focused on gay issues, and "gay-net.coming-out", which is a support
group for gay men and women dealing with going public with their
German prosecutors have also tried to get AOL to stop providing access
to neo-Nazi propaganda accessible on the Internet. No doubt such
material is offensive and abhorrent, but nonetheless just as protected
by our First Amendment as indecent material.
In China, look what they are trying to do. They are trying to create
an "intranet" that would heavily censor outside access to the
worldwide Internet. We ought to be make sure it is open, not censored.
We ought to send that out as an example to China.
Americans should be taking the high ground to protect the future of
our home-grown Internet, and to fight these censorship efforts that
are springing up around the globe. Instead of championing the First
Amendment, however, the Communications Decency Act tramples on the
principles of free speech and free flow of information that has fueled
the growth of this medium.
We have to be vigilant in enforcing the laws we have on the books to
protect our children from obscenity, child pornography and sexual
exploitation. Those laws are being enforced. Just last September,
using current laws, the FBI seized computers and computer files from
about 125 homes and offices across the country as part of an operation
to shut down an online child pornography ring.
I well understand the motivation for the Communications Decency Act.
We want to protect our children from offensive or indecent online
materials. This Senator --and I am confident every other Senator--
agrees with that. But we must be careful that the means we use to
protect our children does not do more harm than good. We can already
control the access our children have to indecent material with
blocking technologies available for free from some online service
providers and for a relatively low cost from software manufacturers.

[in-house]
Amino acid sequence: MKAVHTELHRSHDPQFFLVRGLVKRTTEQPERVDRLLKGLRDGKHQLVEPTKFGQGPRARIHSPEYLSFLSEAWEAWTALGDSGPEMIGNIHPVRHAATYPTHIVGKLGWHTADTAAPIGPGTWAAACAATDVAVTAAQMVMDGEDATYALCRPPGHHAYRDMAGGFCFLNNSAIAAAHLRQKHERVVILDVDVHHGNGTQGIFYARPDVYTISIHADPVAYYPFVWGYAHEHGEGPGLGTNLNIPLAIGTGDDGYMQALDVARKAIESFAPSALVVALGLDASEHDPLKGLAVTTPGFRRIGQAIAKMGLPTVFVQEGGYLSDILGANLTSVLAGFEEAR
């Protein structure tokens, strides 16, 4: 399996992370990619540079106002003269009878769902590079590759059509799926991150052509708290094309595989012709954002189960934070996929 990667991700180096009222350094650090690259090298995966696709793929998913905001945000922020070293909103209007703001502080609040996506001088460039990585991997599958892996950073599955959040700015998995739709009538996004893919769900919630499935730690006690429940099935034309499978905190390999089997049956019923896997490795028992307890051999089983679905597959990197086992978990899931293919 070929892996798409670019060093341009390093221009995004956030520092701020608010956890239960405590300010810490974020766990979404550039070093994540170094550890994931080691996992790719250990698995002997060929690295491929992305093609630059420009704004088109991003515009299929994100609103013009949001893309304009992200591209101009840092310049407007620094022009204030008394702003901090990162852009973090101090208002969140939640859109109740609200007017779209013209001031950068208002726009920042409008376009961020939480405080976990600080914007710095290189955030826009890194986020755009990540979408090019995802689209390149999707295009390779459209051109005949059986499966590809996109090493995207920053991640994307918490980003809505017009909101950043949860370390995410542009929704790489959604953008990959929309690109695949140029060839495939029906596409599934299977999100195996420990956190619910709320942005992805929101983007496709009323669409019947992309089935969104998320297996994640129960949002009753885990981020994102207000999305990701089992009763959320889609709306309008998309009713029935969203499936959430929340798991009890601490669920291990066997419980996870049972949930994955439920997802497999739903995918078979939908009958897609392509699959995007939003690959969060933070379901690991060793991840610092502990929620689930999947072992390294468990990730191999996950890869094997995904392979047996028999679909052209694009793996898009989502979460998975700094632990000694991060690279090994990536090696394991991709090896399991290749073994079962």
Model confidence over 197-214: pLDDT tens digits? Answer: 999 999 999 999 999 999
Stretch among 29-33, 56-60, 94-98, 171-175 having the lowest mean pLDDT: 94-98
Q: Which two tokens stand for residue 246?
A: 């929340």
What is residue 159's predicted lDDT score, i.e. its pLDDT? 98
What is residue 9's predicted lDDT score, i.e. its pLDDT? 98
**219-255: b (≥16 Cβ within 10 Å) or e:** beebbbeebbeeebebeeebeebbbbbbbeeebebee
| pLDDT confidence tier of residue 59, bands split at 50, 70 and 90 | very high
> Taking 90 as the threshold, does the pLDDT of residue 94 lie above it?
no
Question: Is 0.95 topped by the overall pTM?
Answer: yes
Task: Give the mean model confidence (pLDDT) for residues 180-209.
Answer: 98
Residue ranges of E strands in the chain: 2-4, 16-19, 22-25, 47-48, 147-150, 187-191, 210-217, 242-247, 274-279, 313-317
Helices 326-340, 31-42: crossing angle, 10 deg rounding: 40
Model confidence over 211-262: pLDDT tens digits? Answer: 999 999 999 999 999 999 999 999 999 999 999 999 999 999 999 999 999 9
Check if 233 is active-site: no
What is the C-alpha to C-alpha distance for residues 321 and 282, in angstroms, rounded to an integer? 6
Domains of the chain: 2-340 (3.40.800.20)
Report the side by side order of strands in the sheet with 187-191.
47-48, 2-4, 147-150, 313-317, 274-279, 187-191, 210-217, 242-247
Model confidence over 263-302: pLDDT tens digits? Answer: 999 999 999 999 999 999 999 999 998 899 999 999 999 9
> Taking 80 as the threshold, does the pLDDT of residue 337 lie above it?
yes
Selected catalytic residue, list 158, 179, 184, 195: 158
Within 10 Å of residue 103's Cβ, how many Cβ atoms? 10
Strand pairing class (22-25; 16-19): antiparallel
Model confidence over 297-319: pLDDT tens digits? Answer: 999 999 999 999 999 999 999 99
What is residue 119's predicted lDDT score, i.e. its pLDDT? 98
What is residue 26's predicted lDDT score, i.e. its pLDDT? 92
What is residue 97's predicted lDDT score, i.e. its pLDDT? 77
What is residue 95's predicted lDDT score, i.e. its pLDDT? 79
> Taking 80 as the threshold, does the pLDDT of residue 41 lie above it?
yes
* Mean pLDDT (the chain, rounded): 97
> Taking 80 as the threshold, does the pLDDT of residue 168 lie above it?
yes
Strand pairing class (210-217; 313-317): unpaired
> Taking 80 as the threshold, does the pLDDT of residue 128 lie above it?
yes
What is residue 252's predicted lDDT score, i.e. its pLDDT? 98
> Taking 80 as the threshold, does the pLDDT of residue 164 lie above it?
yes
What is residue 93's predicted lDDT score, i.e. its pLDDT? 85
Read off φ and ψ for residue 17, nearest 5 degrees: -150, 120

Frankly, and I will close with this, Mr. President, at some point we
ought to stop saying the Government is going to make a determination
of what we read and see, the Government will determine what our
children have or do not have.
I grew up in a family where my parents thought it was their
responsibility to guide what I read or would not read. They probably
had their hands full. I was reading at the age of 4. I was a voracious
reader, and all the time I was growing up I read several books a week
and went through our local library in the small town I grew up in very
quickly. That love of reading has stood me in very good stead. I am
sure I read some things that were a total waste of time, but very
quickly I began to determine what were the good things to read and
what were the bad things. I had read all of Dickens by the end of the
third grade and much of Robert Louis Stevenson. I am sure some can
argue there are parts of those that maybe were not suitable for
somebody in third grade. I do not think I was severely damaged by it
at all. That same love of reading helped me get through law school and
become a prosecutor where I did put child abusers behind bars.
Should we not say that the parents ought to make this decision, not us
in the Congress? We should put some responsibility back on families,